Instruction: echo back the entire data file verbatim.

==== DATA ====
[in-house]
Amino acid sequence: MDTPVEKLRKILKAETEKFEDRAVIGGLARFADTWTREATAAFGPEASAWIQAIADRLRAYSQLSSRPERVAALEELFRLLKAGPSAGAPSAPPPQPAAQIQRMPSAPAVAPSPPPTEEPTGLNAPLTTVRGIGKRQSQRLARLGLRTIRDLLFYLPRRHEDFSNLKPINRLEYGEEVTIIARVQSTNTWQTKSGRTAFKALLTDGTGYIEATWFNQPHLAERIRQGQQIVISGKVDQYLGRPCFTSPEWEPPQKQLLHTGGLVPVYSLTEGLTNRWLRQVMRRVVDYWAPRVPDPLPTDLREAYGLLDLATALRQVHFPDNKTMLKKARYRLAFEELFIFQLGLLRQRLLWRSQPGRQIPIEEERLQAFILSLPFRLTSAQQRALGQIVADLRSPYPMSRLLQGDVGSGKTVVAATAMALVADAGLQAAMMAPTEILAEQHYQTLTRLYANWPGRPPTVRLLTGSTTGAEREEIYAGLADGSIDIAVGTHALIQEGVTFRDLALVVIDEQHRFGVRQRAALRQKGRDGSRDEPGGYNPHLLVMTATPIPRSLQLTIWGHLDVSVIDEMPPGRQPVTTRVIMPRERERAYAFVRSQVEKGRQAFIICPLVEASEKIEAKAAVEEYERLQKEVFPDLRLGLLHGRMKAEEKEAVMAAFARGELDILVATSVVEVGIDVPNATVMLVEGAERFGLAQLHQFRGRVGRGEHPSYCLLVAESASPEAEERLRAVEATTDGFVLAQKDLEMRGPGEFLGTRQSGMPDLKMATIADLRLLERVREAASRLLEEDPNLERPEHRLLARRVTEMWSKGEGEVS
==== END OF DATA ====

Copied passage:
[in-house]
Amino acid sequence: MDTPVEKLRKILKAETEKFEDRAVIGGLARFADTWTREATAAFGPEASAWIQAIADRLRAYSQLSSRPERVAALEELFRLLKAGPSAGAPSAPPPQPAAQIQRMPSAPAVAPSPPPTEEPTGLNAPLTTVRGIGKRQSQRLARLGLRTIRDLLFYLPRRHEDFSNLKPINRLEYGEEVTIIARVQSTNTWQTKSGRTAFKALLTDGTGYIEATWFNQPHLAERIRQGQQIVISGKVDQYLGRPCFTSPEWEPPQKQLLHTGGLVPVYSLTEGLTNRWLRQVMRRVVDYWAPRVPDPLPTDLREAYGLLDLATALRQVHFPDNKTMLKKARYRLAFEELFIFQLGLLRQRLLWRSQPGRQIPIEEERLQAFILSLPFRLTSAQQRALGQIVADLRSPYPMSRLLQGDVGSGKTVVAATAMALVADAGLQAAMMAPTEILAEQHYQTLTRLYANWPGRPPTVRLLTGSTTGAEREEIYAGLADGSIDIAVGTHALIQEGVTFRDLALVVIDEQHRFGVRQRAALRQKGRDGSRDEPGGYNPHLLVMTATPIPRSLQLTIWGHLDVSVIDEMPPGRQPVTTRVIMPRERERAYAFVRSQVEKGRQAFIICPLVEASEKIEAKAAVEEYERLQKEVFPDLRLGLLHGRMKAEEKEAVMAAFARGELDILVATSVVEVGIDVPNATVMLVEGAERFGLAQLHQFRGRVGRGEHPSYCLLVAESASPEAEERLRAVEATTDGFVLAQKDLEMRGPGEFLGTRQSGMPDLKMATIADLRLLERVREAASRLLEEDPNLERPEHRLLARRVTEMWSKGEGEVS